Whereas scoliosis is a sideways curvature of the spine, hyperkyphosis is the medical term for an excessive forward spinal curve. This causes the top of the back to become more rounded than usual - you might know this condition as 'dowager's hump' or simply a 'hunchback'.
Hyperkyphosis can develop due to bad posture (postural kyphosis), as the result of another underlying condition (such as Scheuermann’s disease), or because of spinal fractures. Hyperkyphosis is considered severe if the curve angle exceeds 45 degrees, but even mild cases can cause back pain, stiffness, fatigue, and a number of other symptoms. As with scoliosis, there are a number of different hyperkyphosis treatment methods in use, including both surgical and non-surgical options.
Non-surgical hyperkyphosis treatments
During adolescence, bracing may be required to stunt the progression of the hyperkyphosis in moderate to severe cases. Bracing aims to ensure that the degree of the curvature does not develop any further than it already has. The patient may be required to continue wearing the brace until their spine stops growing at around 16 years of age.
As is the case for many health problems, pain management is often a central part of hyperkyphosis treatment. Painkillers such as ibuprofen or paracetamol can help to relieve the aches and pains that derive from having a curvature of the spine. If the patient is in a lot of pain, stronger pain relief medications may be prescribed.
Though it does require some work on the patient’s part, physiotherapy is a great way to treat hyperkyphosis. Physical therapy courses such as our own ScolioGold method can straighten the back, reduce pain, and improve the patient's quality of life in general - see before and after photos here.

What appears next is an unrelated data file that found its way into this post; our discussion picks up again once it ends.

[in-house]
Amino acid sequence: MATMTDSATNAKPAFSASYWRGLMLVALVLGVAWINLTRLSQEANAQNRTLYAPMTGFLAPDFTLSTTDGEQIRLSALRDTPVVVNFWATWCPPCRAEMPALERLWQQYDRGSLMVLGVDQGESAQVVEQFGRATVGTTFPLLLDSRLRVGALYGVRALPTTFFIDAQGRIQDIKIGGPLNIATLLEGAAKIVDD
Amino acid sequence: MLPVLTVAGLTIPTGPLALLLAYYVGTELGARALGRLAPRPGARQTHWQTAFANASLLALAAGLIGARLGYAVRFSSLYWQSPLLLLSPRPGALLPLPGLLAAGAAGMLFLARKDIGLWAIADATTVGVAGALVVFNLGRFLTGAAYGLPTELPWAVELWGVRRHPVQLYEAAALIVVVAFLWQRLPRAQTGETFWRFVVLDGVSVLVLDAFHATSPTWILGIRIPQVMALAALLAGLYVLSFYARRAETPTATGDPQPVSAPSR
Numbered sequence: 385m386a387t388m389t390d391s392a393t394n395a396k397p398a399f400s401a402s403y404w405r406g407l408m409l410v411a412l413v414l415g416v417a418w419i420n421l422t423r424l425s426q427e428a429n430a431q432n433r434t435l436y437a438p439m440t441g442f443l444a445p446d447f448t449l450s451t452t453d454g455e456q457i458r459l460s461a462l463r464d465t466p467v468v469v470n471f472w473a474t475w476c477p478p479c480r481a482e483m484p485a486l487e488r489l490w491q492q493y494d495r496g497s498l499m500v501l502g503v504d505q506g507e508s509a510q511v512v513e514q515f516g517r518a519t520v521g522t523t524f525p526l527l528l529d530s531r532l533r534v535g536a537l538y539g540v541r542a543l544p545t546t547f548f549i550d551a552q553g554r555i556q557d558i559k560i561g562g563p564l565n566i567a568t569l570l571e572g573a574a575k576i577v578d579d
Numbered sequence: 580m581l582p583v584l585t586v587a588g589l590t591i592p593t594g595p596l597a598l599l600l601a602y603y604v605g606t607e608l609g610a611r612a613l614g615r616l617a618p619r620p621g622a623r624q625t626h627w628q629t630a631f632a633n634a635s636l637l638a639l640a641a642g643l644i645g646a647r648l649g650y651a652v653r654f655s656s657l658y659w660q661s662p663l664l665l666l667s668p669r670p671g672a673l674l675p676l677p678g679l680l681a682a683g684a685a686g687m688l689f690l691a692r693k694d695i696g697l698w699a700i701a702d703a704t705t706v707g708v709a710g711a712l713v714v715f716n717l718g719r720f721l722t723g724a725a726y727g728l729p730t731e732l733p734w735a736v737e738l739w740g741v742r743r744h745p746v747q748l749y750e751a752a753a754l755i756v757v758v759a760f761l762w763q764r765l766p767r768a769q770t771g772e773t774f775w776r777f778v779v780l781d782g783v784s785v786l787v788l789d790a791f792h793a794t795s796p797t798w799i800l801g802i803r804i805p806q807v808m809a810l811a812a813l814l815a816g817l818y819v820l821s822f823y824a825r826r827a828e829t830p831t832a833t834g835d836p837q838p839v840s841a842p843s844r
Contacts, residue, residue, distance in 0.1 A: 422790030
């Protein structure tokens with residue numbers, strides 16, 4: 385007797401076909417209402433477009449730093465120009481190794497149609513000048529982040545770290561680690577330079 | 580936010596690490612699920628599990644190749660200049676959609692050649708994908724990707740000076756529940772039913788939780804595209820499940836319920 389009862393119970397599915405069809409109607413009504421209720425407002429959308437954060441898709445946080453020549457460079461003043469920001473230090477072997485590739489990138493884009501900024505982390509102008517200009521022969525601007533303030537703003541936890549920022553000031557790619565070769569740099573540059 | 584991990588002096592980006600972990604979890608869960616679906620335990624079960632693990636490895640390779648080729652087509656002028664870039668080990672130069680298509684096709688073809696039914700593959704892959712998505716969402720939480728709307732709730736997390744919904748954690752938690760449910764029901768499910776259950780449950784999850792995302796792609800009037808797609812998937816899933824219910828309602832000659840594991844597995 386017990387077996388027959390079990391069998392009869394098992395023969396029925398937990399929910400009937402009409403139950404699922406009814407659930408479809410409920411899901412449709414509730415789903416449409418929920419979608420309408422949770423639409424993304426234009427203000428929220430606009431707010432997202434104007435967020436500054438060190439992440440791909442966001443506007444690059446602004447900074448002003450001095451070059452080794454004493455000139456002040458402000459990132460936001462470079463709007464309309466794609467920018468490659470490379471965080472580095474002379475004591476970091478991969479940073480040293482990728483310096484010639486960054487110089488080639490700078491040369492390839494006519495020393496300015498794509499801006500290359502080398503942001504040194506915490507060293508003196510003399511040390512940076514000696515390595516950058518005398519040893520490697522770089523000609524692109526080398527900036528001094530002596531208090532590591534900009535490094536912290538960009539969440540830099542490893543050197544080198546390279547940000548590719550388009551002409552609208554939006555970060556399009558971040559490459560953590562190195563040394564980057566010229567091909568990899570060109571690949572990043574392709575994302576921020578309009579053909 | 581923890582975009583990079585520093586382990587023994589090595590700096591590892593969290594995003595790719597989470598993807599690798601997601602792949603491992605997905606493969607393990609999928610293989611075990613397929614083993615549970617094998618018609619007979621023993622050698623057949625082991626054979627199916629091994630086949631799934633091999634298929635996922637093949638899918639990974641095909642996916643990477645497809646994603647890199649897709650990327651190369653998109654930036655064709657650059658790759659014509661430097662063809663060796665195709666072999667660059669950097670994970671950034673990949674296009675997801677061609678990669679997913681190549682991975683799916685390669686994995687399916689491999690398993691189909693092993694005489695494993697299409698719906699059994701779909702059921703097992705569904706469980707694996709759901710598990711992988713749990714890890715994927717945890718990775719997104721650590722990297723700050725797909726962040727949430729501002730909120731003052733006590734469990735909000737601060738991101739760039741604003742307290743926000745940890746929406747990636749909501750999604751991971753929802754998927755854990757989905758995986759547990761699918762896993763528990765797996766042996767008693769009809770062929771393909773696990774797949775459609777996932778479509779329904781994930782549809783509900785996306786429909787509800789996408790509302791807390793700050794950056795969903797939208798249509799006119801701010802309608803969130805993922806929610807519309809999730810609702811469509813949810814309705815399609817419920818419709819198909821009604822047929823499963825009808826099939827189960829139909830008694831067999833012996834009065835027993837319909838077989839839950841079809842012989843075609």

Surgical hyperkyphosis treatment
If the curvature becomes so severe that the patient is having difficulty going about their day, surgical methods of hyperkyphosis treatment become available. Hyperkyphosis surgery corrects the appearance of the curvature, but there is also a small risk that it will lead to further complications such as infection, nerve damage or even - in a tiny minority of cases - paralysis.
Spinal fusion is the standard surgical procedure for hyperkyphosis. This involves fusing the vertebrae together to correct the spine's curvature. Method rods, screws, hooks and bone grafts are used during the operation to fuse the bones together. According to the NHS, the operation takes 4-8 hours, and a back brace may need to be worn for up to 9 months while your spine heals.
Here at Scoliosis SOS, we provide non-surgical physiotherapy courses for those suffering from scoliosis and hyperkyphosis. If this sounds like something that could help you improve your condition, please don't hesitate to get in touch today.